I feel like my songs are sparse [at the moment]. One guy joked, he put a video of one of my performances up, and he wrote “Rebecca Cant sings a bunch of really short songs”! My husband’s a poet, so I always feel inadequate because he’s such a wordsmith, he’s so amazing with words. I’m really articulate when I want to talk about politics or things that are very factual, but when it comes to songs for some reason, because I want to say something that people will appreciate, I guess I get really self-conscious.
Would you ever collaborate with someone?
I find that really hard! Because I’m really precious about what’s mine. I have co-written with Jeremy but I’ll be like, I can’t say that! They don’t feel like my lyrics. It needs to have a certain resonance. I’ve never spoken so much before about my music!
I can’t believe you’ve not had an interview before…
No, no one’s ever asked me.
You’ve played some high profile shows before, though.
Yeah I played Brisfest and Harbourside, and Shambala. I’ve played as many festivals as I can. Until recently I’ve felt like I’ve been chasing a lot of gigs, but then recently a few people have invited me to play. I rarely get paid, I think it’s hard to think of yourself as a professional when most of the time people want you to play for free, and it’s difficult because there are a million talented people out there. It’s a very crowded market. That’s why I decided not to think of it as a profession and just to enjoy it.
Would you class yourself as a DIY artist?
I don’t really have a choice! I make all my own CDs, design the labels, do it all, because no one’s going to do it for me! I wish I were better at that stuff. I’m kind of embarrassed. People just five years younger than me are better at design and branding. I can’t use photoshop or anything. I’m really impatient as well. The reason I like playing a guitar and singing is because it requires almost no equipment. Whereas recording, all the cables!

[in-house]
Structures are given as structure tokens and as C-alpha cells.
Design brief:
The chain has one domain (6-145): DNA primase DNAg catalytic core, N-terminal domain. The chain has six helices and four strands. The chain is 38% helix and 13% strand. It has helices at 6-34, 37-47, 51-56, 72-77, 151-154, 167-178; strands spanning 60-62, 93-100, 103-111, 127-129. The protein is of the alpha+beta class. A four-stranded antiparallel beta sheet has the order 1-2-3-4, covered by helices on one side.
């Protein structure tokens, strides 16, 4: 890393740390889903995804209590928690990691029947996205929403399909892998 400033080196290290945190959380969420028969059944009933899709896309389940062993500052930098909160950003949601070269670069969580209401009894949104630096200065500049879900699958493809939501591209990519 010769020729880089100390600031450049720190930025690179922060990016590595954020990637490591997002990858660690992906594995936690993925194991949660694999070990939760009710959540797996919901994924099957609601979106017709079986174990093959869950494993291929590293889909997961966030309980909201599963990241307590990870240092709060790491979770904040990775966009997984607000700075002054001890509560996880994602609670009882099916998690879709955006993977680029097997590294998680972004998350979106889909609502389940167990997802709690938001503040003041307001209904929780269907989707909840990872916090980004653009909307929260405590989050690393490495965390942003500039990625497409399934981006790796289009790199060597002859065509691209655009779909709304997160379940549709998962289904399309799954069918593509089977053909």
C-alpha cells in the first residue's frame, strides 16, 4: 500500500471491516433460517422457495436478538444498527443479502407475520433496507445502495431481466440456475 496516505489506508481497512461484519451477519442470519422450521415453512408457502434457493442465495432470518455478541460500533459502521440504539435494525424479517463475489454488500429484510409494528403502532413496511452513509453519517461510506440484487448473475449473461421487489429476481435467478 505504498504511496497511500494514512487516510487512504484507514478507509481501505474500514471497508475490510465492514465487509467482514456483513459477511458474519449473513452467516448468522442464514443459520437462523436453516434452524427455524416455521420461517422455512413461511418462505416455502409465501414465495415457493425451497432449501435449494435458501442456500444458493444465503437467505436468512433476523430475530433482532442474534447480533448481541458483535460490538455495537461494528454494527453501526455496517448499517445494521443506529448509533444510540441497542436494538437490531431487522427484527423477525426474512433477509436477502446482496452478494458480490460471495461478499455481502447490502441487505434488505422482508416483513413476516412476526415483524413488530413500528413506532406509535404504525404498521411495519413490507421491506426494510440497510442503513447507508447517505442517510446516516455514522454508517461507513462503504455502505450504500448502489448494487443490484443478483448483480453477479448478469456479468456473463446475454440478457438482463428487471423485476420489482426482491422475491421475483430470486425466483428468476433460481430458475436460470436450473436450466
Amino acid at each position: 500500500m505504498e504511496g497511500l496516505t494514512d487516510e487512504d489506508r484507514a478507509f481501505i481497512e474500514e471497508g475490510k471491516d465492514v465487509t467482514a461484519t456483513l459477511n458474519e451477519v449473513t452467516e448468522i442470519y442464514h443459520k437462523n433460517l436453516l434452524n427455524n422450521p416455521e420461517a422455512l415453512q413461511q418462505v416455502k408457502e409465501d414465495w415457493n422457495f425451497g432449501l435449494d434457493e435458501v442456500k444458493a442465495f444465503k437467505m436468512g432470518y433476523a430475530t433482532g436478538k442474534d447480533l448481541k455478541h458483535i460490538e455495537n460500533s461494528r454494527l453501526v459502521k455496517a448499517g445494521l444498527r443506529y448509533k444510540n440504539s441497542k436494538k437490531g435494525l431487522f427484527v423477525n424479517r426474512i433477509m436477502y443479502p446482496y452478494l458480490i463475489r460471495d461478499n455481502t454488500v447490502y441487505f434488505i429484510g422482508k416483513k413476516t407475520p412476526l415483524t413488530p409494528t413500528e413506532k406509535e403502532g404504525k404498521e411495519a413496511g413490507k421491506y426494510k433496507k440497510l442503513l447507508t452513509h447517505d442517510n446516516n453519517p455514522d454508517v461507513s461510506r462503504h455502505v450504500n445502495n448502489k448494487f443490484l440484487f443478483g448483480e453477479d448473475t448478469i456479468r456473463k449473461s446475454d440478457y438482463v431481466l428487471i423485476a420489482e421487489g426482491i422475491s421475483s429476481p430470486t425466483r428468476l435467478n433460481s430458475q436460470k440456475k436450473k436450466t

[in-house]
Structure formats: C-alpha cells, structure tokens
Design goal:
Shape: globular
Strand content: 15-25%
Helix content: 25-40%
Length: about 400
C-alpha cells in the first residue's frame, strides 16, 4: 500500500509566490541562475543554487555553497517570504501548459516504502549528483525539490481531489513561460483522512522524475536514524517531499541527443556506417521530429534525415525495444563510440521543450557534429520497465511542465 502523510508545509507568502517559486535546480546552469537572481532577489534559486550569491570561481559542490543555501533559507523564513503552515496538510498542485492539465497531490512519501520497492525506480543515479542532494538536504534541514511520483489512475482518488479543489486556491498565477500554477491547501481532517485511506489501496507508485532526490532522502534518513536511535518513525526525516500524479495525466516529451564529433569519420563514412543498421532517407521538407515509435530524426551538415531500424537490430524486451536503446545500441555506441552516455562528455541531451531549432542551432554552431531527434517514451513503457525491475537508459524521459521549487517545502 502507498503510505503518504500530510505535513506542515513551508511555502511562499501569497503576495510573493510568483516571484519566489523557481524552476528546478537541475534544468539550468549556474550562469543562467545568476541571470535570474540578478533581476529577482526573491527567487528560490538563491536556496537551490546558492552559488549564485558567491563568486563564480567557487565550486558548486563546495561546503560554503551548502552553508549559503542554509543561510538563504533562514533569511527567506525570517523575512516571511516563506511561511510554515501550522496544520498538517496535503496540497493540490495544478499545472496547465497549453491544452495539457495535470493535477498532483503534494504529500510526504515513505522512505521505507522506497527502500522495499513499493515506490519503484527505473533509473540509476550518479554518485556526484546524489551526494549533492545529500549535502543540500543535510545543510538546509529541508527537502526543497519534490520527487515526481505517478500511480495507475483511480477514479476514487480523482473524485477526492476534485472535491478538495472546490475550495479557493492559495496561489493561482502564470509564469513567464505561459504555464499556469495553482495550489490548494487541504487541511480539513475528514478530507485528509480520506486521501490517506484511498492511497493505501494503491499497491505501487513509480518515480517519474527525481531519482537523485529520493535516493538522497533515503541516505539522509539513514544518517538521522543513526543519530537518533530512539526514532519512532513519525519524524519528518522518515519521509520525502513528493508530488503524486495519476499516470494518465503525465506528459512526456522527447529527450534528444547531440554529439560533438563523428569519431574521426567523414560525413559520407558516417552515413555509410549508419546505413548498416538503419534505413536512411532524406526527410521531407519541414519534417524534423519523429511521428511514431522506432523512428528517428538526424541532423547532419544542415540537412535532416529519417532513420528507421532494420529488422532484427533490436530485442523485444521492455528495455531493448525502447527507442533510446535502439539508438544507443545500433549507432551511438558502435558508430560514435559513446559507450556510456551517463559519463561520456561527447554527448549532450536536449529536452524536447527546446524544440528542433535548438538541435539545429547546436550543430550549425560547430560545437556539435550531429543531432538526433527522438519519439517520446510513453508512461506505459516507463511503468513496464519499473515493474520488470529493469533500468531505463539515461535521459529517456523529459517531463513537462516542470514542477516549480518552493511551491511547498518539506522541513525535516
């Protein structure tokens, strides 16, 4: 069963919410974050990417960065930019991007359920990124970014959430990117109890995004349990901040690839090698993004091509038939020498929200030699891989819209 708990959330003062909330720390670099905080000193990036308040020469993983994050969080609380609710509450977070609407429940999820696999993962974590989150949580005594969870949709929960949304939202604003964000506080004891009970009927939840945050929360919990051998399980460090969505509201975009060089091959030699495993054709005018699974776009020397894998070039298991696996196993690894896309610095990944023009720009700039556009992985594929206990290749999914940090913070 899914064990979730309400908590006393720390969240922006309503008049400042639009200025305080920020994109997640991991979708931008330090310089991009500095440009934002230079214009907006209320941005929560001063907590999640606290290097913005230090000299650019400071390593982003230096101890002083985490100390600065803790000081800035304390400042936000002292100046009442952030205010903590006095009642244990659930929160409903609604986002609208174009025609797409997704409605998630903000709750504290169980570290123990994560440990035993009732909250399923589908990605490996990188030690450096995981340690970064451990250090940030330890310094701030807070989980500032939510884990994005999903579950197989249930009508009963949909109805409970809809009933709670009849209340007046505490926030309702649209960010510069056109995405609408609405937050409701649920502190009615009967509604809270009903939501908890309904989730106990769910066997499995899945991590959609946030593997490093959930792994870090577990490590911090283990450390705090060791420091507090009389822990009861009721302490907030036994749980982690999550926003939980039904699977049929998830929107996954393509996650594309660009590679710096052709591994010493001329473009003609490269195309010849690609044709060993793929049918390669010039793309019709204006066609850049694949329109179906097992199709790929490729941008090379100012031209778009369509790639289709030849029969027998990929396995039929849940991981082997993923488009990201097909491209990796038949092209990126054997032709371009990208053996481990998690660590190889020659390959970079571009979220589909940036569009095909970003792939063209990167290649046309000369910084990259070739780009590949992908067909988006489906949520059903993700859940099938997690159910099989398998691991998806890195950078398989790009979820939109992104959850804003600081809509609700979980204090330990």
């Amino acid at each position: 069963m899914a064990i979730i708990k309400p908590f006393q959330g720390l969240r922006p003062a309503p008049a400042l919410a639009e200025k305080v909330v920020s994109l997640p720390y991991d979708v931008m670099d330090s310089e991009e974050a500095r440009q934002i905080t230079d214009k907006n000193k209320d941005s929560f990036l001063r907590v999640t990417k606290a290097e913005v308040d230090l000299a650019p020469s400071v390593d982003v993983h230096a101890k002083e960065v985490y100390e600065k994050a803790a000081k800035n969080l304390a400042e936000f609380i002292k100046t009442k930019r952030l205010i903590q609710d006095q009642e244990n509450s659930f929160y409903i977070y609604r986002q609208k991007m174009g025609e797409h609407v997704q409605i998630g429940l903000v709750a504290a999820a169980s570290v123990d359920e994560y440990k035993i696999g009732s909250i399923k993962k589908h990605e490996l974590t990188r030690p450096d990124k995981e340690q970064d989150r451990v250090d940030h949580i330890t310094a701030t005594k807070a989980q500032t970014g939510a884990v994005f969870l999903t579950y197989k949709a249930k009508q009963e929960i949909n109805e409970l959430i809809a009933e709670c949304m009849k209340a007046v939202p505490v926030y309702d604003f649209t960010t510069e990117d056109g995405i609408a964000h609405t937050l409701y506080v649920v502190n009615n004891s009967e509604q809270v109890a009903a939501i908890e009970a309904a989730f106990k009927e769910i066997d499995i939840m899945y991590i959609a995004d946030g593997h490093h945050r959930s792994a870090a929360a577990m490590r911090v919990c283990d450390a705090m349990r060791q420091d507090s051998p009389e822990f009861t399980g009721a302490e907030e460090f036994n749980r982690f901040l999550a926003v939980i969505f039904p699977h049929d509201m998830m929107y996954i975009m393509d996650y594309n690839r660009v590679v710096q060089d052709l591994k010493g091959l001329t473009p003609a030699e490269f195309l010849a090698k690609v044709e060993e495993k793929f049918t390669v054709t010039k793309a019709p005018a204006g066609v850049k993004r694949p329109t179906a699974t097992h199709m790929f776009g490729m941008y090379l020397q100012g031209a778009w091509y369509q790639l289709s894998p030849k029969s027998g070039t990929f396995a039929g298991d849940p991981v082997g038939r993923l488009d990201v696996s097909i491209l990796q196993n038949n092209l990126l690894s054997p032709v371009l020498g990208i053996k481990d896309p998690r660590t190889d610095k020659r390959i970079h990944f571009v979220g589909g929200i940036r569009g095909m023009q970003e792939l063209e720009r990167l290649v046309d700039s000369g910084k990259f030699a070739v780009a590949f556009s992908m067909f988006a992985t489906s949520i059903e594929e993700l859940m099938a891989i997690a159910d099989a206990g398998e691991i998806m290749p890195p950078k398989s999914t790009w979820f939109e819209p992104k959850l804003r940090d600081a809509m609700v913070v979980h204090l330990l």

Do you think the paid aspect of making music is reliant on reaching outside of the city you’re based in?
I played one gig in London and I sold more CDs than I’d ever sold in Bristol. The people that mainly like listening to my music are women, and it’s usually women who are involved in some inner journey. So I have to think about who I play to. I don’t play in pubs anymore because I feel obliged to do upbeat covers. I’ve played in bars where no one listens – because my songs are so personal, it’s a bit demoralising.
There’s a narrow divide between easy listening, background music and thoughtful acoustic music.
To be honest I don’t really know where I fit in, I just keep doing it, because I love it. I don’t really have a plan! [Laughs]